Taxation of Director’s Salary and Dividends for 2016/17

Following changes to the personal tax allowance, Employment Allowance and the taxation of dividends from 6 April 2016 this article explores the key issue of the optimum level of director’s salary and dividends under various circumstances.

Summary of key tax changes for 2016/17

  • Personal tax allowance increased to £11,000 and higher rate threshold to £43,000
  • NIC Employment Allowance increased from £2,000 to £3,000 but is no longer available to companies where a director is the sole employee
  • The dividend tax credit has been abolished with the actual cash amount of dividends received now being taxable. Dividends continue to be taxed as the ‘top slice’ of income
  • For basic rate taxpayers the rate of tax on dividends is increased from an effective 0% to 7.5%. For ‘higher rate’ taxpayers the rate is now 32.5% up to £150,000 total income and 38.1% above.
  • A tax free dividend allowance has been introduced which provides a 0% rate of tax on the first £5,000 of dividends per annum.
  • A savings allowance has been introduced which provides a 0% tax rate on non-ISA interest etc of £1,000 for basic rate taxpayers (£500 for higher rate taxpayers).

Optimum Salary Level

Where the Employment Allowance is not available then the optimum annual salary is £8,060 which results in nil National Insurance Contributions (NIC) but the director maintains a track record of contributions for the purpose of future entitlement to state benefits and pension.

A very small overall tax saving can be achieved by increasing the salary to £8,112 (the employee’s NIC threshold). However it is considered that the admin bother of having then to account for a modest amount of employer’s NIC to HMRC outweighs the small increase in spendable income.

In those cases where the Employment Allowance is available then a salary of £11,000 equal to the personal tax allowance is considered to be the optimum amount as the overall corporation tax saving outweighs the amount of employee’s NIC triggered.

Avoiding Higher Rate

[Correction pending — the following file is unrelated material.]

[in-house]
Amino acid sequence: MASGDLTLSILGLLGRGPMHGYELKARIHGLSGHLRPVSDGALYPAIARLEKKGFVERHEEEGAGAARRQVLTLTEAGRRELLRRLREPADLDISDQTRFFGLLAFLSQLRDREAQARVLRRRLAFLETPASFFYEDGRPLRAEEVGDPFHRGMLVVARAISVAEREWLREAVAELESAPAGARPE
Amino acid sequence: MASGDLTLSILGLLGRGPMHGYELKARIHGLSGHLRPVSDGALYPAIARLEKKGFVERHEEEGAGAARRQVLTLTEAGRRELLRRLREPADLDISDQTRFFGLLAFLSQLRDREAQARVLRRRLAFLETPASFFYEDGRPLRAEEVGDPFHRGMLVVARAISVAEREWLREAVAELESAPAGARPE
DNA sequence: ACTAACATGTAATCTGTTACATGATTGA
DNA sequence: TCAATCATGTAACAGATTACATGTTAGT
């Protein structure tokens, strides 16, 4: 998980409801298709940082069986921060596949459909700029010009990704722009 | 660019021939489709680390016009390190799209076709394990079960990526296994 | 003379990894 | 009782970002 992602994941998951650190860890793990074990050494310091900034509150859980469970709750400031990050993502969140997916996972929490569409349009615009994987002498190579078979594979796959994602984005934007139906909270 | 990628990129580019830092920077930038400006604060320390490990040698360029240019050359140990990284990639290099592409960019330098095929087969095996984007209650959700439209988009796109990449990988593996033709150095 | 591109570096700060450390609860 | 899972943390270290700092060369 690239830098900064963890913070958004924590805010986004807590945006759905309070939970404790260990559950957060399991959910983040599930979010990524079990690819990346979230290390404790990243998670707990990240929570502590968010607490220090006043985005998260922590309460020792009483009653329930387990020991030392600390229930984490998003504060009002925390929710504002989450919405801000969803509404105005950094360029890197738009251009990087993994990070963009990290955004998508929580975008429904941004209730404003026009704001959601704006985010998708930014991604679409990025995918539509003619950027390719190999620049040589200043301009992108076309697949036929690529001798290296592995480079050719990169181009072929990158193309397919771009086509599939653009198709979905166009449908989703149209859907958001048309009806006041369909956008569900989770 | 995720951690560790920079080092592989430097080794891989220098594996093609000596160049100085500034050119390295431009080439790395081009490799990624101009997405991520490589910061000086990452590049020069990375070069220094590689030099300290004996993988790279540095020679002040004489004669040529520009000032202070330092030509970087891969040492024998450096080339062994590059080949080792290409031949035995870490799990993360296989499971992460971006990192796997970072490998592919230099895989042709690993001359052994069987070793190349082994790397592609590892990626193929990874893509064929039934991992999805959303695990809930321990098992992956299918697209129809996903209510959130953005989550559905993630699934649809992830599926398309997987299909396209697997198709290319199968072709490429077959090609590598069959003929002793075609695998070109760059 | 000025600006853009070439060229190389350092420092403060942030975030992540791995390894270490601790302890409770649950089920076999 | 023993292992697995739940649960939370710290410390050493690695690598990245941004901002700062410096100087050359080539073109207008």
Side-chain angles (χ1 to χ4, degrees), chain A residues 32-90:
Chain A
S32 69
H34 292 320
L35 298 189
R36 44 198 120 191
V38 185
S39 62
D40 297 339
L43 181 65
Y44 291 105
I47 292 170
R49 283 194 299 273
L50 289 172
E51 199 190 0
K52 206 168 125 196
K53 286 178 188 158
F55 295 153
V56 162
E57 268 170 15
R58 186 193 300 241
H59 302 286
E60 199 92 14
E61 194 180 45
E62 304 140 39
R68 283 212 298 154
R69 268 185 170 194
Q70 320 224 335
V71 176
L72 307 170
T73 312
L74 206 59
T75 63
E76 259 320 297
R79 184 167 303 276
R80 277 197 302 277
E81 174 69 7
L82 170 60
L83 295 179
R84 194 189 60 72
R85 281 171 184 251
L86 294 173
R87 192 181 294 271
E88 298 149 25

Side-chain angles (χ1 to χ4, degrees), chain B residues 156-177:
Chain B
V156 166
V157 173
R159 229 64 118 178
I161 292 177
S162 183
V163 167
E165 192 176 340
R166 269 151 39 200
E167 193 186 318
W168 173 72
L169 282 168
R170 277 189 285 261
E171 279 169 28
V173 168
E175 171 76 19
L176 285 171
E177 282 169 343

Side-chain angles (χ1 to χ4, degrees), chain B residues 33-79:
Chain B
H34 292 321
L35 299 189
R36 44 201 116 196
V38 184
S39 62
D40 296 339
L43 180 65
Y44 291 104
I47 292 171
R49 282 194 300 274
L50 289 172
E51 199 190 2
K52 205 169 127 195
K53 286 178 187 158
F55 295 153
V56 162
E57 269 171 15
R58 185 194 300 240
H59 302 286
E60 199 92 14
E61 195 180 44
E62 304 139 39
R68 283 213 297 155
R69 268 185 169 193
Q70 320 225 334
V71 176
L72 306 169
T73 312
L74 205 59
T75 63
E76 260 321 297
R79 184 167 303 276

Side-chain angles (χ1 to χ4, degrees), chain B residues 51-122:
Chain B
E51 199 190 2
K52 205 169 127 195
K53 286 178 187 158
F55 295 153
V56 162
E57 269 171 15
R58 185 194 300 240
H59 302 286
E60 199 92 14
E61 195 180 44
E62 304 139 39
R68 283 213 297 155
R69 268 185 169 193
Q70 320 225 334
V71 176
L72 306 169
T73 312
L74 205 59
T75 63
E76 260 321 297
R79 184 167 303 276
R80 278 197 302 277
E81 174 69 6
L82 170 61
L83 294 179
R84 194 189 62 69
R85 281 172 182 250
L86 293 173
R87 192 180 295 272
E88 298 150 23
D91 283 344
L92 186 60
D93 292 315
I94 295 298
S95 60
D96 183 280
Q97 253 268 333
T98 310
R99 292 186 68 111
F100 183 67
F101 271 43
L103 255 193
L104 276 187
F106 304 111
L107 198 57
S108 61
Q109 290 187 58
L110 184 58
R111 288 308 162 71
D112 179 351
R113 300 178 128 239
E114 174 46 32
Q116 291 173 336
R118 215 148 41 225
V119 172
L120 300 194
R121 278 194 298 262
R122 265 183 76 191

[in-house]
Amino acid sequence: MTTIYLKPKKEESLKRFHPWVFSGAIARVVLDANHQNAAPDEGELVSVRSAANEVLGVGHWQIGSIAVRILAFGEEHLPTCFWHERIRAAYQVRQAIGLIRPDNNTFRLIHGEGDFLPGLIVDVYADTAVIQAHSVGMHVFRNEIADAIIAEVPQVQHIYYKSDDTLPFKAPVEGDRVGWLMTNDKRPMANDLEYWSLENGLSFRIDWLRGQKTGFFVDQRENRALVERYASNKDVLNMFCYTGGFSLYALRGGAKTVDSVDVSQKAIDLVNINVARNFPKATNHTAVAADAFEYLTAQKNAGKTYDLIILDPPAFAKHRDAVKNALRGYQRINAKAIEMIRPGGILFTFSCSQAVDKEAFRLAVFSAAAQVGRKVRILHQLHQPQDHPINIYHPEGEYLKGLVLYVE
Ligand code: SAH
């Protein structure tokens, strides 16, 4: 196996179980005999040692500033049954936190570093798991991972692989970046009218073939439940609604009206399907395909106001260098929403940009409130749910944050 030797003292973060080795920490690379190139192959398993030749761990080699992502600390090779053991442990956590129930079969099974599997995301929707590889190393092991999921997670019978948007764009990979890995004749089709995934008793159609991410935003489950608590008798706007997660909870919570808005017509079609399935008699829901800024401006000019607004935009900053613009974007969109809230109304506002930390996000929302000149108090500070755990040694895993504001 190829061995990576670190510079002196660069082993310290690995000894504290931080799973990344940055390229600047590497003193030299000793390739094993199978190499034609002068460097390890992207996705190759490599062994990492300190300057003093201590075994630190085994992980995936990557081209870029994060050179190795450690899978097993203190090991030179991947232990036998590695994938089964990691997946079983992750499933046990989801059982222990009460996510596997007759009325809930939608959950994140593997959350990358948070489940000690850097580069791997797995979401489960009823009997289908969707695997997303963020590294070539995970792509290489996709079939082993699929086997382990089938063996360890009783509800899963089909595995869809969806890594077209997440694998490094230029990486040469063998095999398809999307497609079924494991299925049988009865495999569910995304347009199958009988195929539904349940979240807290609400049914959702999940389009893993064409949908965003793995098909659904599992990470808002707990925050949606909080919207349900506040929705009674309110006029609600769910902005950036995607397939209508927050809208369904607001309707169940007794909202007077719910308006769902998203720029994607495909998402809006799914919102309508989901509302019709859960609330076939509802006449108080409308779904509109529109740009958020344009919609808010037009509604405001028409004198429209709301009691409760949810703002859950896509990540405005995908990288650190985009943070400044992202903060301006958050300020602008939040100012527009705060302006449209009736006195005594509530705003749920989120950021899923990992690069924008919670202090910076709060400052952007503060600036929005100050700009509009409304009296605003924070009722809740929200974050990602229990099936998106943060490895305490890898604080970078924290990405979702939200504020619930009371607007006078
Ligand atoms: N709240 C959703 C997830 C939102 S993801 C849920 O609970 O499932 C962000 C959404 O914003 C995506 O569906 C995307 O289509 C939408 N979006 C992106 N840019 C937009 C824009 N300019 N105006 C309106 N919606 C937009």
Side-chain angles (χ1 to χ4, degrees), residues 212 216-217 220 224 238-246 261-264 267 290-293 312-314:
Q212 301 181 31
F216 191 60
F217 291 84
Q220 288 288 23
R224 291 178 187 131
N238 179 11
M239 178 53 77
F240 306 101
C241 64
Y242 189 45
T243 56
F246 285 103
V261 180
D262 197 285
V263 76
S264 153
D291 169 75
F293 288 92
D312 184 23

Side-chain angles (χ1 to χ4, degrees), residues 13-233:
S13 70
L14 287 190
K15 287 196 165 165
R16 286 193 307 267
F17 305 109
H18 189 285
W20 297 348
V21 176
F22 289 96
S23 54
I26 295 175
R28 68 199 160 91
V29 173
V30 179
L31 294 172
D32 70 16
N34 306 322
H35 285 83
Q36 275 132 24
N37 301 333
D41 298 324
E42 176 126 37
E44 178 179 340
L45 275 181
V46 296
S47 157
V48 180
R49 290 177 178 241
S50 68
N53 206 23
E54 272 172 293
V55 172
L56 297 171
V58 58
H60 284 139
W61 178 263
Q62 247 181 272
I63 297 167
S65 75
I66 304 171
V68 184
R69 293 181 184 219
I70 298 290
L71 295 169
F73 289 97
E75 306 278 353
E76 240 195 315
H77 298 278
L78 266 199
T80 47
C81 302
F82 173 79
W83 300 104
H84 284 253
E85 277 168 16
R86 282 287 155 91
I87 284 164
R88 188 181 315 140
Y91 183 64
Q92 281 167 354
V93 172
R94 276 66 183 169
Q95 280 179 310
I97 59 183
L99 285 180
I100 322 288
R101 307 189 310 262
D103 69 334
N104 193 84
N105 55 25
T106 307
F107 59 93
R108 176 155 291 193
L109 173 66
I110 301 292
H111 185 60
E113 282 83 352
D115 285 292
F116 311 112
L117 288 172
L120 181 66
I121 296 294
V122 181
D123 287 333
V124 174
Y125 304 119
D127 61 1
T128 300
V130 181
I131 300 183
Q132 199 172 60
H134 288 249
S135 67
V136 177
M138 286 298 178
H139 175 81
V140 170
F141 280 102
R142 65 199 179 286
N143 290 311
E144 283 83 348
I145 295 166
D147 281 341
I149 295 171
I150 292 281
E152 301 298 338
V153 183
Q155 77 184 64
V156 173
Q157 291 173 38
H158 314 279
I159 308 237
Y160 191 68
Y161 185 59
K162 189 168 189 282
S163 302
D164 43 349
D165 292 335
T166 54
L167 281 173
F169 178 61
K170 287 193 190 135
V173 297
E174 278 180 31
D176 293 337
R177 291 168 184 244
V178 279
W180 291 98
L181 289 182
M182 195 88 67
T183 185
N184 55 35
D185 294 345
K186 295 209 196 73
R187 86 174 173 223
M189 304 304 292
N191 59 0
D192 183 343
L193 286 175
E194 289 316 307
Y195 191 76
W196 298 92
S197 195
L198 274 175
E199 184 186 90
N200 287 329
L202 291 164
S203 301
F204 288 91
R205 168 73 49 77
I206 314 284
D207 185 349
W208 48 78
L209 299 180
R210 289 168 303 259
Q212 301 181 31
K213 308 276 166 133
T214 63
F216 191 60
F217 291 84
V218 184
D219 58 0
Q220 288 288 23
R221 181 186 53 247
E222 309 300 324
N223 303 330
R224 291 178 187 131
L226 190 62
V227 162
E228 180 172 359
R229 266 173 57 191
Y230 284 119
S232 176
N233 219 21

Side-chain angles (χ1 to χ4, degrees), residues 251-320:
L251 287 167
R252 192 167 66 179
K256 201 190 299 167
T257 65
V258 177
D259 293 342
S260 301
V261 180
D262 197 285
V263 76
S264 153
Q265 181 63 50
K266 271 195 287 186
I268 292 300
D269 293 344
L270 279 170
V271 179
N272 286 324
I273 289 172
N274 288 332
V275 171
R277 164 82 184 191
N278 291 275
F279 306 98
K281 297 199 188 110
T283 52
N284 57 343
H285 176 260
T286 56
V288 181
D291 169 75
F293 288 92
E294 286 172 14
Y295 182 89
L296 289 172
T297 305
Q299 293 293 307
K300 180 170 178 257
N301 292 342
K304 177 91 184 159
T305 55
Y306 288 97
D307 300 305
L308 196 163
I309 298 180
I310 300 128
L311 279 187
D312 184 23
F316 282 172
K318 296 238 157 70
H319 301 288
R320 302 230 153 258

Assuming a salary of £8,060 this means that £34,940 of dividends can then be extracted from the company by the director/shareholder but avoid any higher rate tax. This results in £40,975 of spendable income and an effective income tax rate of only 4.7% calculated as follows:




 Gross salary






 Total income






 Taxable income (all dividends)



 Income tax charge:



 First £5,000 @ 0%

 Balance £27,000 @7.5%



 Net spendable income


For companies where husband and wife or civil partners are both full-time working directors and equal shareholders this means that £86,000 of combined income can be extracted from the company at a very modest personal tax cost of £4,050. Of course it should be borne in mind that only the gross salaries are tax deductible for corporation tax purpose and that the company must have sufficient post-tax profits which allow this level of distribution.

Avoiding penal marginal tax rates

The potential for director/shareholders to have flexibility over the amount and timing of salaries and dividends (remember no longer grossed-up for tax purposes) extracted from their company can also be very tax efficient in terms of:

  • Reducing total annual income below £60,000 thereby minimising the High Income Child Benefit charge. To avoid any claw-back completely total income must not exceed £50,000.
  • Reducing total income between £100,000 and £122,000 thereby minimising the amount of potentially lost personal allowance.
  • Reducing total income to below £150,000 thereby eliminating the special higher rate applicable to dividends of 38.1% (or 45% on non-dividend income).


Please note that the above article is subject to any changes announced in the 2016 Autumn Statement which the Chancellor of the Exchequer will present on Wednesday 23 November 2016.

A summary of all the key announcements from the Autumn Statement will be available to view on our website from 9am on 24 November 2016 at